While there are many sources of emissions, it is only native forests that can remove carbon from the atmosphere at the scale and time required. Protecting and restoring native forests is a critical mitigation action if Australia is to meet its net zero emissions targets within the critical one to three decades.
The government has legislated a 43 per cent reduction in greenhouse gas (GHG) emissions by 2030 below the 2005 level. To meet this new target, Australia will need to reduce carbon emissions by around 15.3 megatons (MT) each year over the next nine years.
This is about the same annual carbon emissions caused by logging our native forest.
Each year around two per cent of our native forests are logged, resulting in 15 MT Co2. The other 98 per cent of native forest is left standing and continue to grow - providing an incredibly powerful offset against carbon emissions. If we were to stop logging native forests, the avoided emissions alone are close to what is needed annually (15.5 Mt CO2) to achieve our 43 per cent reduction by 2030 target.
Indeed, such is the power of native forests and other ecosystems in the national GHG accounts, that their removal not only offsets logging emissions but also about 14 per cent of our fossil fuel emissions.
Full protection of native forests - by this we mean a rapid exit from native forest logging - is therefore a critical mitigation action. Australian forests are among the most carbon-dense forests in the world. Indeed, quickly wrapping up the extensive loss making and uneconomic native forest logging industry in Victoria would be the equivalent emissions saving of taking 730,000 cars off the road every year. Ceasing logging and protecting native forests in Tasmania is estimated to be an equivalent emissions saving to taking 1.1 million cars off the road every year. Empirical analyses led by economics firm Frontier Economics has clearly demonstrated that halting native forest logging in southern NSW would be by far the biggest carbon abatement project in NSW. The mitigation power of forest protected was evident in a recent study where Tasmania delivered negative emissions due to a large and rapid drop in native forest logging. Going well beyond carbon neutral will be essential if we are to limit global warming to around 1.5 degrees and avoid more dangerous climate change.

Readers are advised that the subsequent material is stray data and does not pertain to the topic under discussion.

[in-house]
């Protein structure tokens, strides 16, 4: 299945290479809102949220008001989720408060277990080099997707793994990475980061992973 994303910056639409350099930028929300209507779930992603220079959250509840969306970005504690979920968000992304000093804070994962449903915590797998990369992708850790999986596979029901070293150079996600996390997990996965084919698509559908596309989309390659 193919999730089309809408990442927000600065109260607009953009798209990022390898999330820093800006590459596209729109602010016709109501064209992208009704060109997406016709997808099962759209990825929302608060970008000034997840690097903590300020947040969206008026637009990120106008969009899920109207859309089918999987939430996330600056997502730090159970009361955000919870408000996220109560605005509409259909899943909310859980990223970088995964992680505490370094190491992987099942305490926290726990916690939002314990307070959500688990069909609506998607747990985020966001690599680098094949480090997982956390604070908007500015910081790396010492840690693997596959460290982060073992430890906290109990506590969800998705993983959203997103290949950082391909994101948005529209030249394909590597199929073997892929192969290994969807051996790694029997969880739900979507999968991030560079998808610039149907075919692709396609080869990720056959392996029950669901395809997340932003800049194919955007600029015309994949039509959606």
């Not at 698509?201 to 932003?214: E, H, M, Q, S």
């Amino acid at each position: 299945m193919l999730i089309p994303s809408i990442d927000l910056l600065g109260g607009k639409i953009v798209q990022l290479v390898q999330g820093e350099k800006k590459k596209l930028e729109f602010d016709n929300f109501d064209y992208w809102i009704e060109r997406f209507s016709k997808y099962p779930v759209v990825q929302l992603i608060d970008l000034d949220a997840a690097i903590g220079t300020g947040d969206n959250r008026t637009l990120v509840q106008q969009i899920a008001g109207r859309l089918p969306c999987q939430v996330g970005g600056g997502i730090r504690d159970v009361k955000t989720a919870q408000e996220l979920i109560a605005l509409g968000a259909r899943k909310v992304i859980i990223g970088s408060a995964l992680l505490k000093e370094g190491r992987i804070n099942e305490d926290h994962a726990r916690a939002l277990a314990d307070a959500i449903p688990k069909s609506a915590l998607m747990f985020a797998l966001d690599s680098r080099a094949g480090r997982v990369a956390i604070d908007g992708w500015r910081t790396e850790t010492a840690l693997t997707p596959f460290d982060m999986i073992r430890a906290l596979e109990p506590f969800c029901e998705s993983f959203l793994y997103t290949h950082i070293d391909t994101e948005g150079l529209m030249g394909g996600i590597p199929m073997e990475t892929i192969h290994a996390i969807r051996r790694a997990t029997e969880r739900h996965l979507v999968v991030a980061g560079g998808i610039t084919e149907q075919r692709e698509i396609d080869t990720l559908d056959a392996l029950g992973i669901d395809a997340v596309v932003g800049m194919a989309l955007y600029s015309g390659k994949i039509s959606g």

The economic value of native forests for carbon storage is greater than the value of forests for woodchips and paper production, which is what more than 85 per cent of native forest logs are used to produce in states like Victoria. Our analysis shows this is true even at very low prices for carbon.
Beyond the climate change and carbon storage benefits of forest protection, there are many other reasons why native forests should no longer be logged. One of these is the elevated fire severity problems created by logging - which endangers people's lives and property. Forests are more flammable for up to 70 years after they are logged and regenerated, with the elevated fire severity created by logging adding to further carbon emissions. However, it is also critical to understand that even in the event of major wildfires, most of the carbon still remains in a burnt forest. A careful study of forests before and after the 2009 Black Saturday wildfires in Victoria showed that just 6-14 per cent of the total carbon stock was lost - the remaining carbon stayed in the forest.
Switching to a long-term carbon storage role for native forests will still require a major skilled workforce in rural and regional Australia. This workforce will be needed to manage carbon stocks, including regular measurements to quantify change in carbon storage levels over time. A skilled workforce also will be critical for fire protection. A workforce will be needed to facilitate replanting programs in extensive areas of former forest where regeneration has failed after repeated past wildfires, past logging operations, or a combination of both. Additional work will be needed to repair damage from soil erosion and stream sedimentation so that water catchments are protected, and to monitor the health of forests, for example to provide early detection of pest and disease outbreaks. These jobs, coupled with more jobs in processing plantation-grown pulp logs and high-value sawn timber products and composites in Australia, means that we can expand and diversify the kinds of industries associated with the forest sector in climate-appropriate ways.
A new era in seriously tackling climate change means that we also need to seriously tackle the protection of our carbon-dense native forests. Failure to properly protect forests makes no environmental sense nor any economic sense in a carbon-constrained world where dealing with climate change is a must.
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